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Planktivory and Planktivore Biomass Effects on Zooplankton, Phytoplankton, and the Trophic Cascade

Stephen T. Threlkeld
Limnology and Oceanography
Vol. 33, No. 6, Part 1: W. T. Edmondson Celebratory Issue (Nov., 1988), pp. 1362-1375
Stable URL: http://www.jstor.org/stable/2837296
Page Count: 14
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Planktivory and Planktivore Biomass Effects on Zooplankton, Phytoplankton, and the Trophic Cascade
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Abstract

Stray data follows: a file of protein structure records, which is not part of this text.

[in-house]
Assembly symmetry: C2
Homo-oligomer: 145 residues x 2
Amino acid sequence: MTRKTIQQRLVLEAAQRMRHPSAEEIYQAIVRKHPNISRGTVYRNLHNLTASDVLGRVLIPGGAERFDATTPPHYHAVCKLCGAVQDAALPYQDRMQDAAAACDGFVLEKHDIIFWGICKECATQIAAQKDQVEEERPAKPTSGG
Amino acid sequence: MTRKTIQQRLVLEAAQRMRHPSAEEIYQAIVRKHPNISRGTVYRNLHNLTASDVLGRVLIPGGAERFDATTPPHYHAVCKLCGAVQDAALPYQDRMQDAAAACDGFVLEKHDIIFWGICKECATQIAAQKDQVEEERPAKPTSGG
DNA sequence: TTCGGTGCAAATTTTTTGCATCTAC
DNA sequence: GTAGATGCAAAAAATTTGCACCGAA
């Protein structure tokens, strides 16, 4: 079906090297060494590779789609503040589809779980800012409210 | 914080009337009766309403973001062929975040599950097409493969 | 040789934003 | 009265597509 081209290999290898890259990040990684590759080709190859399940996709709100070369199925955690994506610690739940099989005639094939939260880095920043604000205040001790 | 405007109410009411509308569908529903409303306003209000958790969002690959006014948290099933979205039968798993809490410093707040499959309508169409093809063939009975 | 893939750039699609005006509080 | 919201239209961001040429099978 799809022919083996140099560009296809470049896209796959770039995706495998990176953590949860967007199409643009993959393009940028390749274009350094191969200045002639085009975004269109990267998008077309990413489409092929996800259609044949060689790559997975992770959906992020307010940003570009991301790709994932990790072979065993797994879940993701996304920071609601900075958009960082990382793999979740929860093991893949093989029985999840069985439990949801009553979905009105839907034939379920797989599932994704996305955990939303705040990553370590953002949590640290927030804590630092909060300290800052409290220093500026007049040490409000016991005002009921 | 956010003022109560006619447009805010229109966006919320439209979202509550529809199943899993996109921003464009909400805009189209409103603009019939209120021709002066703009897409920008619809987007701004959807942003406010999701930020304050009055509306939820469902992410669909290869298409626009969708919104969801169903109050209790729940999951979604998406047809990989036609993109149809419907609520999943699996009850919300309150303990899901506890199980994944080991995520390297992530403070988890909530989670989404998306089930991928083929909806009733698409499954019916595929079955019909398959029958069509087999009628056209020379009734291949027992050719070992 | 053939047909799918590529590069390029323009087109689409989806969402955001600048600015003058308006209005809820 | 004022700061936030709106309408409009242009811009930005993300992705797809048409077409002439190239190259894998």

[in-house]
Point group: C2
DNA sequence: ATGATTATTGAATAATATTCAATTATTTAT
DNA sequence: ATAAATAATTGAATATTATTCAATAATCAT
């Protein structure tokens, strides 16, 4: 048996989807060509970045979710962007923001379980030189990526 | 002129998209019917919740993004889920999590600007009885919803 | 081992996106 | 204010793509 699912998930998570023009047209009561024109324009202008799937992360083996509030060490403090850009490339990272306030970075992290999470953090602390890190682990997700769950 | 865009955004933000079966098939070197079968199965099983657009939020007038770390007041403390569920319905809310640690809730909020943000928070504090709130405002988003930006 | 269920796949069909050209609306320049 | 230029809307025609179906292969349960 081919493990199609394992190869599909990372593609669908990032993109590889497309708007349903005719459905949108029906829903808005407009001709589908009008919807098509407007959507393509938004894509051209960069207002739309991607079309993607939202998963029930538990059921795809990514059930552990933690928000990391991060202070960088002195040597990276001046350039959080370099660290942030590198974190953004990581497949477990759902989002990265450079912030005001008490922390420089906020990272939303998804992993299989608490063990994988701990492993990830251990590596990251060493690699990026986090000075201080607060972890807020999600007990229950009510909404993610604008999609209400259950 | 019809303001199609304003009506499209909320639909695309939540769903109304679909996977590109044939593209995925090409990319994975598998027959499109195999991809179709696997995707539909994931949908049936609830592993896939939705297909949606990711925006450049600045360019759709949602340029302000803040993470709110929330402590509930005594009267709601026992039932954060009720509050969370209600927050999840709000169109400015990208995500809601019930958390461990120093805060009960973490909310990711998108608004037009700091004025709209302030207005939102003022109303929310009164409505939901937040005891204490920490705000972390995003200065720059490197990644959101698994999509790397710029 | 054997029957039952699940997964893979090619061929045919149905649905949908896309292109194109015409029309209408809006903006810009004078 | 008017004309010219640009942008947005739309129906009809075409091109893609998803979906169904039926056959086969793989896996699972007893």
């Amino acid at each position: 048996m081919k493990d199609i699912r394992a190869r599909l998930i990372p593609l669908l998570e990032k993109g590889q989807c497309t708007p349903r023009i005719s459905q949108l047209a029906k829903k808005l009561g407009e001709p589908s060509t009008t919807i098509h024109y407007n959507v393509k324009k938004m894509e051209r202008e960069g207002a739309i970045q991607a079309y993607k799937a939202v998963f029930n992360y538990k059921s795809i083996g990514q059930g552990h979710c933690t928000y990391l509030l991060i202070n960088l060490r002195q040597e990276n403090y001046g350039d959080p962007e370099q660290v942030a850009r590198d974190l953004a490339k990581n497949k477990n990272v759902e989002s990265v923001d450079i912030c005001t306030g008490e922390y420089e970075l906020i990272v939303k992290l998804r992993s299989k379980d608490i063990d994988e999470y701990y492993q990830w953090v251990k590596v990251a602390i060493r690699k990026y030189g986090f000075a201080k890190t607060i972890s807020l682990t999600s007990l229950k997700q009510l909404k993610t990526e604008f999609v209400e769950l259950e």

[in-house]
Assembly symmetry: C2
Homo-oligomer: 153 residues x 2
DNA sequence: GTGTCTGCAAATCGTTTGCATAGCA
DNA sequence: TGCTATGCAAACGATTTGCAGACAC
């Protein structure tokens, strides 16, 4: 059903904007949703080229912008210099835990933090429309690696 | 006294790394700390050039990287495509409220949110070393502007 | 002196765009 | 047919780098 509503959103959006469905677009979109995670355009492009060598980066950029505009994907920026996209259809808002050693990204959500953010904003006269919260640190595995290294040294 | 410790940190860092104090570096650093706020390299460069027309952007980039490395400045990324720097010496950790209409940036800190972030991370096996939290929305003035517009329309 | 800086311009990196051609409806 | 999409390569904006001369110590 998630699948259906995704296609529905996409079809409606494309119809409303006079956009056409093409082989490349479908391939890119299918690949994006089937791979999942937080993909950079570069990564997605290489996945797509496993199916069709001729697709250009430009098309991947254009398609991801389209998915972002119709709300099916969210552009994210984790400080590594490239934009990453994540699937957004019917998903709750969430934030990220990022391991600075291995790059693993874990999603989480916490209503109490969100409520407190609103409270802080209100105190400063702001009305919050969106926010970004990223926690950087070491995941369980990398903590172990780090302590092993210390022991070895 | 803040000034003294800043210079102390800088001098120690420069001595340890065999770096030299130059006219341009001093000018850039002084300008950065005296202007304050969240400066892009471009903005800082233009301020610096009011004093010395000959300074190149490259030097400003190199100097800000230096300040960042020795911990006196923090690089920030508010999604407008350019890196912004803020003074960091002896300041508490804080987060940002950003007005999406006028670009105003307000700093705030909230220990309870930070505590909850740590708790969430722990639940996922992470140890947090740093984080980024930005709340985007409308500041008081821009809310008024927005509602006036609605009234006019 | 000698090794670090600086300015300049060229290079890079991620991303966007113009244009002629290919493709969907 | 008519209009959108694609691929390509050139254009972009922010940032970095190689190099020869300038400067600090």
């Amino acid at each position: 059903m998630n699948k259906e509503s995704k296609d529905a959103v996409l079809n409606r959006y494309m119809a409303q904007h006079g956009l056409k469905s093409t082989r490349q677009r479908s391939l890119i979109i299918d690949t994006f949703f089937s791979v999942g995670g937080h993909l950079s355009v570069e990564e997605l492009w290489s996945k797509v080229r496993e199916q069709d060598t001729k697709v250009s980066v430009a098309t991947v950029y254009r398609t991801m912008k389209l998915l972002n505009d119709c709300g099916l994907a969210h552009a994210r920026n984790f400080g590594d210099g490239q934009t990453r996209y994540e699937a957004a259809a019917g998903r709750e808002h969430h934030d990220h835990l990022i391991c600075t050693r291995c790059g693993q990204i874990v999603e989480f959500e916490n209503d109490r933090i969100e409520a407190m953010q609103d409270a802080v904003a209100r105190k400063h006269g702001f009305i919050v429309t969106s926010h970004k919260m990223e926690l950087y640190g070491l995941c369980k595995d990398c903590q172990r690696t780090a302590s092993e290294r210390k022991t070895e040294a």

Five outdoor tank experiments were conducted to evaluate how season, fish biomass, and accidental mortality of introduced fish contributed to enhancement of phytoplankton growth by the zooplanktivorous atherinid fish. Menidia beryllina. Menidia enhanced phytoplankton in all seasons. There experiments examined effects of fish density. Menidia gained weight when stocked in the experimental tanks at low densities $(<1.5 g dry wt m^-3)$, suppressed crustacean zooplankton, and enhanced blue-green filaments. Water transparency and other phytoplankton were unaffected. Menidia lost weight and occasionally died when stocked at higher densities $(> 1.5 g dry wt m^-3)$. Under these conditions, Menidia suppressed crustacean zooplankton and reduced water transparency, and enhanced rotifers, algal chlorophyll fluorescence, and seston particles. Two additional experiments of factorial design used live Menidia and dead Menidia as separate, cross-classified treatment factors. Live fish effects were limited to the suppression of crustacean zooplankton and enhancement of blue-green filaments, while dead fish reduced water transparency or enhanced other phytoplankton. The importance of lost fish biomass (either weight loss or mortality of introduced fish) to the enhancement of phytoplankton by planktivorous fish in these experiments suggests that zooplankton control of phytoplankton by grazing is not as important as implied by the trophic cascade hypothesis.

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